Can you Recognize the Signs of Financial Exploitation?

Picture this scenario. Your elderly aunt lives in a nearby state. You are on good terms, stay   in touch, and speak to her regularly by phone. But one day you realize that she hasn’t called for a month or so. The last time you spoke with her, she mentioned a new friend, caregiver, or neighbor. She was happy that the new person offered to help her with groceries or errands and appeared very attentive. She may view this person as enabling her to maintain her independence. Normally this is not cause for concern and the new friend, caregiver, or neighbor may be truly selfless and interested only in helping. However, you should be on the lookout for the following warning signs that something more than friendship is afoot.

1. Your relative stops calling you and other longtime friends.

2. Every time you call, the new friend answers the phone, or is listening in the background when you speak to your family member.

3. The new friend dismisses existing caregivers and declines and discourages offers of help from you and others.

4. Your family member becomes more and more dependent on the new friend and the new friend asks for a power of attorney or to be added to bank accounts.

5. The new friend answers all questions directed to your relative by third parties, such as healthcare providers.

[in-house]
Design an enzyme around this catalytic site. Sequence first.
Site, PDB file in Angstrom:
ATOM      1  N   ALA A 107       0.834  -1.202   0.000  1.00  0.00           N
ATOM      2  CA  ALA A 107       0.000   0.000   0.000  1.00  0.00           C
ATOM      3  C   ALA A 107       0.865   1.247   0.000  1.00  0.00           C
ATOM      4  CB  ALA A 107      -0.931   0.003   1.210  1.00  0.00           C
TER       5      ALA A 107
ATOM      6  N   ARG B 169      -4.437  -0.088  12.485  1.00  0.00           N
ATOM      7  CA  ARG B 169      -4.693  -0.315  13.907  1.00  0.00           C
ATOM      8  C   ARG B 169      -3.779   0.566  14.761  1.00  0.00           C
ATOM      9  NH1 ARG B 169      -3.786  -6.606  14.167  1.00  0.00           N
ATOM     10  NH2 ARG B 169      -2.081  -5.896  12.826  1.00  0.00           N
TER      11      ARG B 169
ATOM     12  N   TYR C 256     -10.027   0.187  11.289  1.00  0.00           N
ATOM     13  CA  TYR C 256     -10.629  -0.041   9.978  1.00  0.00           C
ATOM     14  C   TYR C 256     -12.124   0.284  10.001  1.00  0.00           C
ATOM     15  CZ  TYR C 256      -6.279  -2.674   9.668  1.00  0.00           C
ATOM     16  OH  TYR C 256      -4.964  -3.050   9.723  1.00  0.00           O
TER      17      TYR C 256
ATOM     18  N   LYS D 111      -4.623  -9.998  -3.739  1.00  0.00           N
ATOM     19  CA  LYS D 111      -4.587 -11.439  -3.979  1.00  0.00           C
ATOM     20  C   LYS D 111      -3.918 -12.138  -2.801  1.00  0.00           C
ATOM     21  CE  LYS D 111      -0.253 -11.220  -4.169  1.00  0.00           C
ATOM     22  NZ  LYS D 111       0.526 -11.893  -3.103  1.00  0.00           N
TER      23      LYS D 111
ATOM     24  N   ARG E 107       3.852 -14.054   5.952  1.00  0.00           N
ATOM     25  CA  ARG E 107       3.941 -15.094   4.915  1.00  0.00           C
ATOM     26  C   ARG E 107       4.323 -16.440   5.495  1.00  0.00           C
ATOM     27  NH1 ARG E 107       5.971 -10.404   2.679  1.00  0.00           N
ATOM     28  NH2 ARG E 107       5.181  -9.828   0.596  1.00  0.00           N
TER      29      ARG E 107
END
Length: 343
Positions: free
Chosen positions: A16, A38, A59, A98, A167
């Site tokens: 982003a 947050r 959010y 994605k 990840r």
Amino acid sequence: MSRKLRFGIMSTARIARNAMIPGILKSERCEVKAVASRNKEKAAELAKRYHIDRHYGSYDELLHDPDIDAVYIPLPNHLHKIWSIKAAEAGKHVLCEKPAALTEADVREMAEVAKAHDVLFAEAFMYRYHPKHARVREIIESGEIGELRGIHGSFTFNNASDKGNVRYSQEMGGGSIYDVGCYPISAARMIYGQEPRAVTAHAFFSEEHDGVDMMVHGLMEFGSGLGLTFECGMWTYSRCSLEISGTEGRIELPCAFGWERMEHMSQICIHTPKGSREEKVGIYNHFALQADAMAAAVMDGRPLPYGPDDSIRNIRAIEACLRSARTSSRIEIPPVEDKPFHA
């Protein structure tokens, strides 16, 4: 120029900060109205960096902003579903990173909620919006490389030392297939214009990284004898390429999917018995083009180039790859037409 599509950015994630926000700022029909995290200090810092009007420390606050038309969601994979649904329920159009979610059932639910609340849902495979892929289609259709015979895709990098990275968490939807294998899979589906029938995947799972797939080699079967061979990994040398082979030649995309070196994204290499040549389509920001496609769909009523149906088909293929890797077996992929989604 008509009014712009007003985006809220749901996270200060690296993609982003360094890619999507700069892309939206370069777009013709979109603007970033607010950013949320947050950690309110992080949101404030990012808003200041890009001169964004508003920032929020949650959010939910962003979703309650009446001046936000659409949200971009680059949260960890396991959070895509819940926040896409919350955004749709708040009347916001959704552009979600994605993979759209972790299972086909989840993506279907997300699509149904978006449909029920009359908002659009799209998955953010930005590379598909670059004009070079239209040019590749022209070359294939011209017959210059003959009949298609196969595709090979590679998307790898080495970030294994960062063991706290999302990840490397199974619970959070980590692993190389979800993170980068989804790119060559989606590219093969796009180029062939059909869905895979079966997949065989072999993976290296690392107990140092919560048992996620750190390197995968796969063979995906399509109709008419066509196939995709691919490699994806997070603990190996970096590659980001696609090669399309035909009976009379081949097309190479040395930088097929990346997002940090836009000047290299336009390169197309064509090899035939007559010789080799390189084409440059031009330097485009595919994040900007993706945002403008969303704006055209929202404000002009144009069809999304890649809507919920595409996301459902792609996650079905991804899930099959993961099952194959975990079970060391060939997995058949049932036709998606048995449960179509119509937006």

6. When you visit your relative, the new friend doesn’t leave the room.

This list is not exhaustive and there may be other warning signs as well. The financial exploiter’s goal is to foster the victim’s dependence and sever the victim’s ties with existing friends and family members who could intervene to help.

The exploiter may tell the targeted victim, your family member, falsehoods. For example, the exploiter may say that you want to put him or her in a nursing home. Therefore, the victim will think that you should be avoided. This is one of the most heartbreaking aspects of financial exploitation; it seeks to destroy existing close relationships for the exploiter’s financial gain.

Staying involved and present in the victim’s life in the face of this type of onslaught is difficult and emotionally challenging. If you find yourself in this position, get help.

  • Speak with other family members.
  • Contact the appropriate state agencies.
  • Seek legal advice.

Recognizing the signs is crucial to stopping financial exploitation.



Nancy Roberts
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